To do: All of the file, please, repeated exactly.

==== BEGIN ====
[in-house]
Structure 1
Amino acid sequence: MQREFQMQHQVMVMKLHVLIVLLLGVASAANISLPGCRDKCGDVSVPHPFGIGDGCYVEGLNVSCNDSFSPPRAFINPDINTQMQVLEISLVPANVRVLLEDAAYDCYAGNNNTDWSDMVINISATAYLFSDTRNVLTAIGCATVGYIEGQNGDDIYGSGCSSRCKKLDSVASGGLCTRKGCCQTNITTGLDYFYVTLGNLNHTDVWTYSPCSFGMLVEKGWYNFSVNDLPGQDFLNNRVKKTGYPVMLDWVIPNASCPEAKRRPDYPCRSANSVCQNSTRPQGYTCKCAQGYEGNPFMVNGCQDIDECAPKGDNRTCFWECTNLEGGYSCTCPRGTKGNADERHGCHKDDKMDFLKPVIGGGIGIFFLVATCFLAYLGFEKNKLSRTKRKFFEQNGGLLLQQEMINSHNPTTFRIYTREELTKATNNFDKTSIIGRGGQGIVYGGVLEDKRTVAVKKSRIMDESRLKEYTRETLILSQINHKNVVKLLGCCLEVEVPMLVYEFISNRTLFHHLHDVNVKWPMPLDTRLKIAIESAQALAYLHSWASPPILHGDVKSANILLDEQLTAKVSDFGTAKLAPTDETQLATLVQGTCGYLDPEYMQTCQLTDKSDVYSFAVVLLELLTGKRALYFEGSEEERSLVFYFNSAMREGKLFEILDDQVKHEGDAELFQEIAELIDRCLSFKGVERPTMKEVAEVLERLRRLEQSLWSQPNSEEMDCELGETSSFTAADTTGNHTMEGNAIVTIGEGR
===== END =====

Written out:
[in-house]
Structure 1
Amino acid sequence: MQREFQMQHQVMVMKLHVLIVLLLGVASAANISLPGCRDKCGDVSVPHPFGIGDGCYVEGLNVSCNDSFSPPRAFINPDINTQMQVLEISLVPANVRVLLEDAAYDCYAGNNNTDWSDMVINISATAYLFSDTRNVLTAIGCATVGYIEGQNGDDIYGSGCSSRCKKLDSVASGGLCTRKGCCQTNITTGLDYFYVTLGNLNHTDVWTYSPCSFGMLVEKGWYNFSVNDLPGQDFLNNRVKKTGYPVMLDWVIPNASCPEAKRRPDYPCRSANSVCQNSTRPQGYTCKCAQGYEGNPFMVNGCQDIDECAPKGDNRTCFWECTNLEGGYSCTCPRGTKGNADERHGCHKDDKMDFLKPVIGGGIGIFFLVATCFLAYLGFEKNKLSRTKRKFFEQNGGLLLQQEMINSHNPTTFRIYTREELTKATNNFDKTSIIGRGGQGIVYGGVLEDKRTVAVKKSRIMDESRLKEYTRETLILSQINHKNVVKLLGCCLEVEVPMLVYEFISNRTLFHHLHDVNVKWPMPLDTRLKIAIESAQALAYLHSWASPPILHGDVKSANILLDEQLTAKVSDFGTAKLAPTDETQLATLVQGTCGYLDPEYMQTCQLTDKSDVYSFAVVLLELLTGKRALYFEGSEEERSLVFYFNSAMREGKLFEILDDQVKHEGDAELFQEIAELIDRCLSFKGVERPTMKEVAEVLERLRRLEQSLWSQPNSEEMDCELGETSSFTAADTTGNHTMEGNAIVTIGEGR